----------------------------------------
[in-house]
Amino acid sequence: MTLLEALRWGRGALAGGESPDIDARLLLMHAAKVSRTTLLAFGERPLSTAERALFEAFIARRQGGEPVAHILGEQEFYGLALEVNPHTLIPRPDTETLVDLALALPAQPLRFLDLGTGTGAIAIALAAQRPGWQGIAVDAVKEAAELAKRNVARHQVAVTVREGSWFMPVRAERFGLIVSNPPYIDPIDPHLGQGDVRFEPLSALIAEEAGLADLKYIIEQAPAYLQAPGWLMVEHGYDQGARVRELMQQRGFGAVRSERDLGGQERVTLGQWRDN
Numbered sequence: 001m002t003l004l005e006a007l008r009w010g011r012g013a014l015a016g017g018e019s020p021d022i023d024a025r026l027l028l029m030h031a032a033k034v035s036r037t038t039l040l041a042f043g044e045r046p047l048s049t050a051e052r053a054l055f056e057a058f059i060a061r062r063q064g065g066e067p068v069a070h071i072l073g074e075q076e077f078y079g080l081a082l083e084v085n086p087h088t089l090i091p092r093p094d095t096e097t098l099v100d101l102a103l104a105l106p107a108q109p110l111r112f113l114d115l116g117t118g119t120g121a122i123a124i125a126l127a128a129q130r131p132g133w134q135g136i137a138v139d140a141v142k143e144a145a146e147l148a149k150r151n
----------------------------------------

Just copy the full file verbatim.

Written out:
[in-house]
Amino acid sequence: MTLLEALRWGRGALAGGESPDIDARLLLMHAAKVSRTTLLAFGERPLSTAERALFEAFIARRQGGEPVAHILGEQEFYGLALEVNPHTLIPRPDTETLVDLALALPAQPLRFLDLGTGTGAIAIALAAQRPGWQGIAVDAVKEAAELAKRNVARHQVAVTVREGSWFMPVRAERFGLIVSNPPYIDPIDPHLGQGDVRFEPLSALIAEEAGLADLKYIIEQAPAYLQAPGWLMVEHGYDQGARVRELMQQRGFGAVRSERDLGGQERVTLGQWRDN
Numbered sequence: 001m002t003l004l005e006a007l008r009w010g011r012g013a014l015a016g017g018e019s020p021d022i023d024a025r026l027l028l029m030h031a032a033k034v035s036r037t038t039l040l041a042f043g044e045r046p047l048s049t050a051e052r053a054l055f056e057a058f059i060a061r062r063q064g065g066e067p068v069a070h071i072l073g074e075q076e077f078y079g080l081a082l083e084v085n086p087h088t089l090i091p092r093p094d095t096e097t098l099v100d101l102a103l104a105l106p107a108q109p110l111r112f113l114d115l116g117t118g119t120g121a122i123a124i125a126l127a128a129q130r131p132g133w134q135g136i137a138v139d140a141v142k143e144a145a146e147l148a149k150r151n